Additionally, there is a business opportunity for the logistics sector as well. A new market in consumer durables creates the need for transportation, storage and distribution of products in new areas. The above is an example of how “basic” infrastructure creation creates positive multiplier effects throughout the economy. Most importantly, new industries are established, and existing industries can expand into new areas thereby creating jobs and facilitating investments.

For investors focused on India, both in the private and public markets, current trends such as increased electrification create investment opportunities. For example, more electrification begs an important question: Which segment of the supply chain does the investor want to invest in to generate investment returns?

Do investors want to invest in consumer durable companies that can tap into new markets? Do they want to invest in financial firms that can benefit through funding of the consumption? Or do they want to invest in the logistics needed to create the new supply chain? Regarding direct versus non-direct investments, investors have a choice of directly investing in logistics real estate versus investing in publicly-listed companies that have significant exposure to the new markets. The single biggest takeaway is that the creation of “basic” infrastructure creates investment opportunities for all types of investors across the spectrum.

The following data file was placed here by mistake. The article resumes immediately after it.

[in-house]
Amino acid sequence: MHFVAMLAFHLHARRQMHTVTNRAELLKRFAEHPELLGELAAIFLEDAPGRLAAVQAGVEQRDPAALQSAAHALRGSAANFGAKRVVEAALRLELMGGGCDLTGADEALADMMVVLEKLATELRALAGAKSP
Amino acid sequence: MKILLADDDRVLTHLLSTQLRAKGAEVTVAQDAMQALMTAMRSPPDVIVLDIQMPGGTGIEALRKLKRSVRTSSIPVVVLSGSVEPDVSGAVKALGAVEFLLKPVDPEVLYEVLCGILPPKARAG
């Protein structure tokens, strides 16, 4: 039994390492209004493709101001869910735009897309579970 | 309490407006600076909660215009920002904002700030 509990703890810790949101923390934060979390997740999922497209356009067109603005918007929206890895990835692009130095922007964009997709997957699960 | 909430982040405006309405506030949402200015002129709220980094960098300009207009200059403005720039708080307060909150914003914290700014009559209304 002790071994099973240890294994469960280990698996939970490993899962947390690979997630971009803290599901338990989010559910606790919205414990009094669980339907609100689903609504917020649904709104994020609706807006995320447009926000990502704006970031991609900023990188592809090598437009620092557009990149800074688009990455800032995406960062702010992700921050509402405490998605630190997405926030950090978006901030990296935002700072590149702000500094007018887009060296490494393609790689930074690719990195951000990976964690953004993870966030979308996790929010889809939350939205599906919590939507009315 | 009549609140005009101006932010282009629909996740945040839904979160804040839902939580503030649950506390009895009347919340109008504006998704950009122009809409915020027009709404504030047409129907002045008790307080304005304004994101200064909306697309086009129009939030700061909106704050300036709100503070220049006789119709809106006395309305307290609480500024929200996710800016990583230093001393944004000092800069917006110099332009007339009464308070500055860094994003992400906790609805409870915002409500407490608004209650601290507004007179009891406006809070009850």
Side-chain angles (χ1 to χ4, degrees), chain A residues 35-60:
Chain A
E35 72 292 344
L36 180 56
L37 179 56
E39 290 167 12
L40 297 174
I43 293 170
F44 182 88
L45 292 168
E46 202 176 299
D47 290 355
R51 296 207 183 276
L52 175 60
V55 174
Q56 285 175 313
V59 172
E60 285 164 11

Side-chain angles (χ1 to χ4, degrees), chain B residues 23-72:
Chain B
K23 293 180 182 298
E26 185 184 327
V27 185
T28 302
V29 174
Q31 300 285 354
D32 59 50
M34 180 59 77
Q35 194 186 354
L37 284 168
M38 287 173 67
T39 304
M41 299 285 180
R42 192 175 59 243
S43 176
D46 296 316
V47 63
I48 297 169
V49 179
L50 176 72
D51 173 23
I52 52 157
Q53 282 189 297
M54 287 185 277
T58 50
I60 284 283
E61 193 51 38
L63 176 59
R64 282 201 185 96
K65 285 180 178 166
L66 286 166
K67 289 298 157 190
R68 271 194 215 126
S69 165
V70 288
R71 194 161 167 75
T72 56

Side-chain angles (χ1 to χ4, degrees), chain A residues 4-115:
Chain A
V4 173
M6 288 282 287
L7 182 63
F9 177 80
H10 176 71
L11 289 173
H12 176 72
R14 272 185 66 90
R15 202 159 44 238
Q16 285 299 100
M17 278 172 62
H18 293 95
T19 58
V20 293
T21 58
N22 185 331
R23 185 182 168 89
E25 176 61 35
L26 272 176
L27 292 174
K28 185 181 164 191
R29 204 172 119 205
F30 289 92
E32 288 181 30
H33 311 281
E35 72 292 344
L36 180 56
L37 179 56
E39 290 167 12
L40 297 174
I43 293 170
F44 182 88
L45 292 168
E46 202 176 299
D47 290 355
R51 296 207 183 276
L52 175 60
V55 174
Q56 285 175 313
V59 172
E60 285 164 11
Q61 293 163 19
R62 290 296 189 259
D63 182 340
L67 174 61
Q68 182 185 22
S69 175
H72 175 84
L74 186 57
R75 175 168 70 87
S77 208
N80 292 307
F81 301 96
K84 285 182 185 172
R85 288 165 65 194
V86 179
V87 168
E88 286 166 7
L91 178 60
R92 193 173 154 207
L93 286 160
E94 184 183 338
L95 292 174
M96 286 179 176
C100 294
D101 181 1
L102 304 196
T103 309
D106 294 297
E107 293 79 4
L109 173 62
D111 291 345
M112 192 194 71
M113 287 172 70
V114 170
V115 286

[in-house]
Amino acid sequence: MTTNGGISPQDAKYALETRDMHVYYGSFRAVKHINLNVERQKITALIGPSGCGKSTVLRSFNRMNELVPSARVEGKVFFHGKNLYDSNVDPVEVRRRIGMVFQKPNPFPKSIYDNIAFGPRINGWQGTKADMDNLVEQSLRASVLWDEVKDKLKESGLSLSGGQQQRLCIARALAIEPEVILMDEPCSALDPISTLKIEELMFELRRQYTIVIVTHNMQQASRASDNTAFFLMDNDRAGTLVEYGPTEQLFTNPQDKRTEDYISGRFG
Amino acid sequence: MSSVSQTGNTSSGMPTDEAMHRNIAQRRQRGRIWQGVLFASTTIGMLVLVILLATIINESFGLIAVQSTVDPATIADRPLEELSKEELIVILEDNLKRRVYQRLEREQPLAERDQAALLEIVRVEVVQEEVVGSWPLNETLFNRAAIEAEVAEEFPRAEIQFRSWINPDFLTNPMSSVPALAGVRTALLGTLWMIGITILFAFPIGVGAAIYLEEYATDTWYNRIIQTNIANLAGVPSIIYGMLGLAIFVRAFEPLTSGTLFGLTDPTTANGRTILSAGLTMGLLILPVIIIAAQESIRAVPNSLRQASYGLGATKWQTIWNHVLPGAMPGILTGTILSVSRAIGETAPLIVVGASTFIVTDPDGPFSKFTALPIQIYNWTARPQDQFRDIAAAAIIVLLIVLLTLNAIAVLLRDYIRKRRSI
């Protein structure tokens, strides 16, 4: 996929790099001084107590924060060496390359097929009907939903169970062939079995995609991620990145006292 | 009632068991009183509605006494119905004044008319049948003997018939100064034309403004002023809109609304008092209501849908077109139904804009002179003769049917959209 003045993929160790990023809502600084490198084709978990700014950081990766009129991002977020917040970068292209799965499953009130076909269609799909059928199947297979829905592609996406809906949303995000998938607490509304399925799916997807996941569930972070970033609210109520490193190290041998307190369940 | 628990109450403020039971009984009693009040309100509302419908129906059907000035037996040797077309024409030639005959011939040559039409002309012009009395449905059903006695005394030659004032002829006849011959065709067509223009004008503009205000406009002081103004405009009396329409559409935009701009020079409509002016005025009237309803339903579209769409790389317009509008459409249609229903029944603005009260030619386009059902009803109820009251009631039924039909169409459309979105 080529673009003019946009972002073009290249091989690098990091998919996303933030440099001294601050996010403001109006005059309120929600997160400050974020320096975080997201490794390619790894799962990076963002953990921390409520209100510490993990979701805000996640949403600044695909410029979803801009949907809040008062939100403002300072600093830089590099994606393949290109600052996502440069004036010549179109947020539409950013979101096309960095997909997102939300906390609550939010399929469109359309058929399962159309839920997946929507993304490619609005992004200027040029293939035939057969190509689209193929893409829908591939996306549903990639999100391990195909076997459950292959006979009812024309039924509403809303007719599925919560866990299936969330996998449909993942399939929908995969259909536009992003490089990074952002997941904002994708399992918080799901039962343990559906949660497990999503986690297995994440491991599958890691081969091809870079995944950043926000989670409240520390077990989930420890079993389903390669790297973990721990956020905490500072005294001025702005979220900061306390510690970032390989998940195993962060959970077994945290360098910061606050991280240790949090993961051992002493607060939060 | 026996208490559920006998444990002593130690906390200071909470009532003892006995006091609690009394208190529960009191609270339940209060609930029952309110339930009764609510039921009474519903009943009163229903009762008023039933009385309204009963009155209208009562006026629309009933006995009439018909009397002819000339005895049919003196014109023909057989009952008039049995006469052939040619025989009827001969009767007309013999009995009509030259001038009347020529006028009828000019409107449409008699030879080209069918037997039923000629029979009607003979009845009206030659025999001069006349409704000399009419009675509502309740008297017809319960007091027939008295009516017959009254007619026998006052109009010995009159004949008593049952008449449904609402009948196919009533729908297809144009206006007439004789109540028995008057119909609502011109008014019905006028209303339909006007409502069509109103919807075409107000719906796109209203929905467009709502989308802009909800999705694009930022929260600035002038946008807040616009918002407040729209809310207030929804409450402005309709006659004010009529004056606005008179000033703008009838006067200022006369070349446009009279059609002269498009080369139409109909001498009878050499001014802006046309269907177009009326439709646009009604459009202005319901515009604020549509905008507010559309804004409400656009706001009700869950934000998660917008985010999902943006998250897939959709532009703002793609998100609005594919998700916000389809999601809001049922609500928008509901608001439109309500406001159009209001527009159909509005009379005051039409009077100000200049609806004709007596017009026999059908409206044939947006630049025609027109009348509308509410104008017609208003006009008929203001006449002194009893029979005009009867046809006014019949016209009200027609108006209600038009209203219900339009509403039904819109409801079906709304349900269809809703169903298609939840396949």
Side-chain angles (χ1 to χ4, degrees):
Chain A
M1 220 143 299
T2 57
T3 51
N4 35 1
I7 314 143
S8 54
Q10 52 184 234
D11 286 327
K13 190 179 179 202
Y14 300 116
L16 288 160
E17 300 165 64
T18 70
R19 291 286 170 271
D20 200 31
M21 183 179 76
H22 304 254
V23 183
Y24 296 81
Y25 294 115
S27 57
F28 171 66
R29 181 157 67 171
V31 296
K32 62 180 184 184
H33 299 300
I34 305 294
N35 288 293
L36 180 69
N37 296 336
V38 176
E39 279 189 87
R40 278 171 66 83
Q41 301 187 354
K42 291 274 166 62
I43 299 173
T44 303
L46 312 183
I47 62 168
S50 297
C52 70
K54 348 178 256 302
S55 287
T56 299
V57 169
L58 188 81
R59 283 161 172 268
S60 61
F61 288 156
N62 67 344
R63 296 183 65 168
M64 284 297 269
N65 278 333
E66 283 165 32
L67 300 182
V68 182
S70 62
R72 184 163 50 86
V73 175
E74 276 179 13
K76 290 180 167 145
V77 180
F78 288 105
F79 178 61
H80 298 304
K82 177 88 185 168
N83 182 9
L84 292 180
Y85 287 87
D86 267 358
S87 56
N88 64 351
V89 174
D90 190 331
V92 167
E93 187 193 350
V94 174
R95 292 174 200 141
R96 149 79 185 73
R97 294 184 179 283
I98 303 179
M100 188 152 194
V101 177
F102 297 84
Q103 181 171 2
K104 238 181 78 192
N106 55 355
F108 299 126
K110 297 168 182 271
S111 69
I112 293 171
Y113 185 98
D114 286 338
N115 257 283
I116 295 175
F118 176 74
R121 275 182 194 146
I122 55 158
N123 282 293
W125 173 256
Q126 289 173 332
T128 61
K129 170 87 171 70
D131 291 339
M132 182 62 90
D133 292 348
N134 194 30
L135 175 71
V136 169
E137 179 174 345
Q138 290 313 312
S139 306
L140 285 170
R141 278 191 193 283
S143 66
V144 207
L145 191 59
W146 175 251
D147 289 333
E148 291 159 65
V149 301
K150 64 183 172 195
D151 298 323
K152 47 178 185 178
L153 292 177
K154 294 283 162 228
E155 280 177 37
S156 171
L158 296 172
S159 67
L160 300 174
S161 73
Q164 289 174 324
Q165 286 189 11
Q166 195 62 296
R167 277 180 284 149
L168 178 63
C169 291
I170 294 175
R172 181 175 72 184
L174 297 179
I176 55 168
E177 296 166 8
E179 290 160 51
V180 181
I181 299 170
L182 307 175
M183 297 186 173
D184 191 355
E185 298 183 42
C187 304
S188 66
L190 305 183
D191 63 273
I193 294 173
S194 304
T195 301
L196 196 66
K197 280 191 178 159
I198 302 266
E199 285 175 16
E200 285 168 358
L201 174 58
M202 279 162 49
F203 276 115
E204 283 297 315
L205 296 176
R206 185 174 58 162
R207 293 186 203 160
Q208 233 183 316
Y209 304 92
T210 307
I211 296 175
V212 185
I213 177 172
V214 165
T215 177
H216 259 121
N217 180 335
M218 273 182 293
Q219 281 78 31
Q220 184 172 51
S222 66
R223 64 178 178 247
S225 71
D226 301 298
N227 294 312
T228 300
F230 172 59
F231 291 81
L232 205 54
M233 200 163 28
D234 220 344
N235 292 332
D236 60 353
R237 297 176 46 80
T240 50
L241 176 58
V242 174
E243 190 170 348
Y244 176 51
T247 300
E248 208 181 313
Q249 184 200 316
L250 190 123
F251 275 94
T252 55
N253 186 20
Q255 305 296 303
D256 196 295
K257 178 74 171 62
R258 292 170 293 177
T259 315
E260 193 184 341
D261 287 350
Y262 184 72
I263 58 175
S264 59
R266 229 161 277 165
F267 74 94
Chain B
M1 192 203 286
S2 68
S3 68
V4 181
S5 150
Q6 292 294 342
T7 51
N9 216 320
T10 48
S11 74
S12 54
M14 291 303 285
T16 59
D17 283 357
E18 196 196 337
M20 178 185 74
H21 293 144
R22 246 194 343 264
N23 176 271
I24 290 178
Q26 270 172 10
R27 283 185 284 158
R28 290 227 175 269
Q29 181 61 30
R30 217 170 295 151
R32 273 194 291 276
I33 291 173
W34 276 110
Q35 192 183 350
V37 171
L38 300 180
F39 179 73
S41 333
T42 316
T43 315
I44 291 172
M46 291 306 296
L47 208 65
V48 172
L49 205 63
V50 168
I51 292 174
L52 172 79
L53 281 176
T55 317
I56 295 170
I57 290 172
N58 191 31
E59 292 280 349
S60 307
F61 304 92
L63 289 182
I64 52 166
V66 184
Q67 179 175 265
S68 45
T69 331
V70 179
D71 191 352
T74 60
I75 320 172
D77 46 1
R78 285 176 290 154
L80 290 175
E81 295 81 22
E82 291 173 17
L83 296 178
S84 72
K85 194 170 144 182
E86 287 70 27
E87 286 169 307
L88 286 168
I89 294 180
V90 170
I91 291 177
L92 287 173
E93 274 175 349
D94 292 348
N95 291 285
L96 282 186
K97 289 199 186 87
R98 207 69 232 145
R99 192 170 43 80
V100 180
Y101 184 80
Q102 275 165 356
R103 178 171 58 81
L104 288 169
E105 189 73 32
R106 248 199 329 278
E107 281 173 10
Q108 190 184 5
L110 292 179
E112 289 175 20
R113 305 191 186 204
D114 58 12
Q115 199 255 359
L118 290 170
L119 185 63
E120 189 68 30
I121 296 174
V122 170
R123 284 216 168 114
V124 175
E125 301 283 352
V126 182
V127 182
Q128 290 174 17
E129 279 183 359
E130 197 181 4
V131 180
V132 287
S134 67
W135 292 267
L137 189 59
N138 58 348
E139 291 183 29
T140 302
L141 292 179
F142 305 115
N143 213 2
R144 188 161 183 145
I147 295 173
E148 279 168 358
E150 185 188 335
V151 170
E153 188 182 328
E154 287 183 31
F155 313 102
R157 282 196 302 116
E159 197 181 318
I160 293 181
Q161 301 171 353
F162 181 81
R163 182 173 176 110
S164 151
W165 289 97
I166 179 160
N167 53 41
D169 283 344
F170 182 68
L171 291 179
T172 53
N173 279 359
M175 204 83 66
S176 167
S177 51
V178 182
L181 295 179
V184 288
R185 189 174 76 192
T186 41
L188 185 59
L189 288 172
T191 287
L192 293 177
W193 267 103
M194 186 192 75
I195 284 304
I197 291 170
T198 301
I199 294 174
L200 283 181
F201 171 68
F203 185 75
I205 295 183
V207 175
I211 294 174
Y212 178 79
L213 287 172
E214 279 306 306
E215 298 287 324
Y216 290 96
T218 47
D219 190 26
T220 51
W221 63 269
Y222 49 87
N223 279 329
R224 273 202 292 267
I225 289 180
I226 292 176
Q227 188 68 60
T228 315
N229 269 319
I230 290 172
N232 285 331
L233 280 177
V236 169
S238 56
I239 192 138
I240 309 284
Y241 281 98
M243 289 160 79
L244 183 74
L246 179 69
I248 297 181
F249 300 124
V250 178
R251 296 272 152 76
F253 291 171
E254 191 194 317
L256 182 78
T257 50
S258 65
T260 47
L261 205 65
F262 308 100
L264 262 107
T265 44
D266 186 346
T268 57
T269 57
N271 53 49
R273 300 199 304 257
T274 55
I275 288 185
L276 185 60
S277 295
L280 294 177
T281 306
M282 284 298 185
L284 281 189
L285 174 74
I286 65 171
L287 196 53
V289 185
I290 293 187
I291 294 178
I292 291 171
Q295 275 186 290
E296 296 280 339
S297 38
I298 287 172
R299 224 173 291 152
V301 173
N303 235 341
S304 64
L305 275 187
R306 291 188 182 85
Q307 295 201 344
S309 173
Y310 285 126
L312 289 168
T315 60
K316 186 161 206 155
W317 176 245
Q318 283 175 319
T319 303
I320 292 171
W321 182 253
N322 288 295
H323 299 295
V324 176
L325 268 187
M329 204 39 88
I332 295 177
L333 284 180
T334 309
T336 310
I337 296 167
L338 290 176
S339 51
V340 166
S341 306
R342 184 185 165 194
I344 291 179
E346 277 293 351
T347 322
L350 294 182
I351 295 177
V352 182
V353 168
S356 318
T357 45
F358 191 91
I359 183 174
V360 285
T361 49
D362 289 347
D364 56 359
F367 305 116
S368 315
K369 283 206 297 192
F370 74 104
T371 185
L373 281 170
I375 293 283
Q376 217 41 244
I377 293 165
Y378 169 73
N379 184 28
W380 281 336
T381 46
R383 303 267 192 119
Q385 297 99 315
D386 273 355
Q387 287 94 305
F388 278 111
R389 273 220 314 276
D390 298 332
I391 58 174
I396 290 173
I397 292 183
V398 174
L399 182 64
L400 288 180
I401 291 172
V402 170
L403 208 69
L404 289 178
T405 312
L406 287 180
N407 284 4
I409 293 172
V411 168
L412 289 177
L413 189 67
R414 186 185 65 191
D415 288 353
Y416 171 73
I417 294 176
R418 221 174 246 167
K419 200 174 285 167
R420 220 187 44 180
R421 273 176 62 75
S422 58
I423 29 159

It is also important to note that besides the creation of new infrastructure, significant value creation is possible through improving the quality and maintenance of existing “basic” infrastructure. While new projects tend to grab most of the headlines, gradual quality improvements and effective maintenance of infrastructure is value-additive as well.

In summary, the creation of “basic” infrastructure delivers value on many fronts. Crowding in private capital, job creation, a higher standard of living, access to basic amenities and expansion of business opportunities are some of the obvious advantages that come to mind. Going forward, both central and state governments would do well to build and improve the “backbone” infrastructure.

(Taponeel Mukherjee heads Development Tracks, an infrastructure advisory firm. Views expressed are personal. He can be contacted at [email protected] or @Taponeel on Twitter)